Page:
Well, I'm just rambling, and I don't know that I'm saying anything new, or interesting. I write because it's relaxing; but I'm poised to delve back into my Guru's teachings. I studied them extensively, and also the teachings of a few other spiritual masters who were likewise in the highest state of consciousness, when I was in my 20's. Now I think I want to immerse myself in them, again, having lived an additional 40 years or so. I may see quite a bit more.
I don't know what to say about the people who have been reading this blog. I know one or two of them, internet friends I have made along the way, some of whom are on a similar journey. The rest puzzle me. Why read something which bears such profound and exciting implications, and not spend a little on the books? I don't understand what's preventing book sales--simply not believing me? Fear? Laziness? Poverty? No-one has ever written me and said, "I am fascinated by your work, and would love to read your books, but I am so poor I can barely put food on the table, and I can't afford them." You know I would send such a person a free copy. My e-mail address is easy enough to discover. So it isn't the money. I really don't think it's because they're e-books, either--for most people, that's an excuse. (After all, how many hours per day do you spend before the screen, reading social media?) Abby has consistently told me--as I feel--that it is fear. I keep telling her (and I almost never am foolish enough to disagree with her), that people must simply not believe a thing I say.
Well, other than that I, myself, am living on financial fumes, in many respects I live a wonderful life. This "garret" is simple, set up precisely as I want it, and it has the feel of Bilbo's hobbit house. Portland is still, even now, a jewel of a city (it was even more so in Mathew's time). The people here are kind, considerate, straight-shooters. I have lived in conservative states all my adult life; suddenly, I am in a liberal region. Houses have signs in the yard proclaiming that you are welcome regardless of what country you come from; and all the liberal slogans you are probably familiar with. I saw a bumper-sticker the other day (I think it might have been from some out-of-the-way place in Washington State), that said, "We're all here, because we're not all there."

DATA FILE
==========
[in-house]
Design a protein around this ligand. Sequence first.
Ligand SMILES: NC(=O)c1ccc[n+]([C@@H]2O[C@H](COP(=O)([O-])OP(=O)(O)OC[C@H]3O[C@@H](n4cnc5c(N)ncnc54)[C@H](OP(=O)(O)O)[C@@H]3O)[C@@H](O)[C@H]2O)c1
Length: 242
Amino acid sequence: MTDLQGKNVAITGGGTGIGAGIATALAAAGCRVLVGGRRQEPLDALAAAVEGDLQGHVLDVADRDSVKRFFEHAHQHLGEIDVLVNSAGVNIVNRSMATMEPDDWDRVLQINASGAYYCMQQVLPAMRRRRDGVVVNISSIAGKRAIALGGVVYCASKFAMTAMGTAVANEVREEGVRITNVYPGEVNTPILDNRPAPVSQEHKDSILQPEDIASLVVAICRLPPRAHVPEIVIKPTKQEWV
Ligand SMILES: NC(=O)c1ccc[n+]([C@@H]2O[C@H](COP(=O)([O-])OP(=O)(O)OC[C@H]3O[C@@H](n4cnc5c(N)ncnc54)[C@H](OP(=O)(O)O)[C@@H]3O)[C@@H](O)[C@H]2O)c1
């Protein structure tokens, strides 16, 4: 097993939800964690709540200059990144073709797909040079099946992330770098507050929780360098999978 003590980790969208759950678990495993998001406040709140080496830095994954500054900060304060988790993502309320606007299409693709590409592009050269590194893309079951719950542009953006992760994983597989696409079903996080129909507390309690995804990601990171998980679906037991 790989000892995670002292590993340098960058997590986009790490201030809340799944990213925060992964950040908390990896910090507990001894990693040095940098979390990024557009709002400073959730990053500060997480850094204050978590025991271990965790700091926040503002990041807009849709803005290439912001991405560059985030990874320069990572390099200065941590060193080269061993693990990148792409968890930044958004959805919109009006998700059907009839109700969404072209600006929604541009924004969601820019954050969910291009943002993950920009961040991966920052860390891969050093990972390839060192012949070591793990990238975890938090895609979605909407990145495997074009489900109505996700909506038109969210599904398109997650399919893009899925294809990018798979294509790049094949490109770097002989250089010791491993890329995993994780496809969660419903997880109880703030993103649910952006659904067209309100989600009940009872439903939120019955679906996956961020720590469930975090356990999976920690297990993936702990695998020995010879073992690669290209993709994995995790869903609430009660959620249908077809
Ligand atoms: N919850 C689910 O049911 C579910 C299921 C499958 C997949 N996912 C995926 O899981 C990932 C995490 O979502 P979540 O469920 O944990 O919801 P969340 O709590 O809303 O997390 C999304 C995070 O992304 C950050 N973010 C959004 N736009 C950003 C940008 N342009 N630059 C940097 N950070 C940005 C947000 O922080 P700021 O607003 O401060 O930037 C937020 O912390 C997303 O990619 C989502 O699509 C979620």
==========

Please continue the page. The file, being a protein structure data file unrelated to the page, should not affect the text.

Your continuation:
I have found the place I belong! And yet, I will never be a Mainer; and you can never go back. So I remain something of an observer--a nostalgic observer. Even these folks wouldn't understand, that when I walk around Back Cove, and gaze at the Observatory tower on Munjoy Hill, Mathew took a cousin up there on "Mt. Joy" (as he called it) and felt inspired by the vista. I don't remember it--but oddly enough, when I got up close to that tower, I did remember that I thought it was ridiclous--especially, the way the windows are staggered going up the sides. That was before I found a story he wrote, pretty-much confirming my impression.
So I do remember a little bit--and sometimes, the darndest things, little glimpses or snippets. What good it does me, I don't know. Sometimes I think it was pretty foolhardy to move to a place that I lived in, and loved, 180 years ago. Because, what if it really woke up in me? What if I suddenly flipped into being Mathew, transported into the 21st century? Could I handle it?
But I don't think that's much of a danger. The amnesia barrier between lifetimes is too strong, for that, in normal consciousness.
So, that's a little more of me. I'm a real person, not a raving maniac. You'd probably enjoy my books. You don't have to read all of them--they're designed with relatively short sections, separated by subheadings, so that you can even read them out of order if you want to, like popcorn. There's an incredible discovery, of some kind or another, every 10-20 pages. You can't hardly miss them, there's so many.
Time to see to supper--thank God, I seem to have the ability to eat the same simple fare, with one or two variations, every day and not get tired of it. I suppose Mathew did the same.
Stephen Sakellarios, M.S.
Music opening this page: "Song for Lynette," by Eric Johnson,
from the album, "Venus Isle"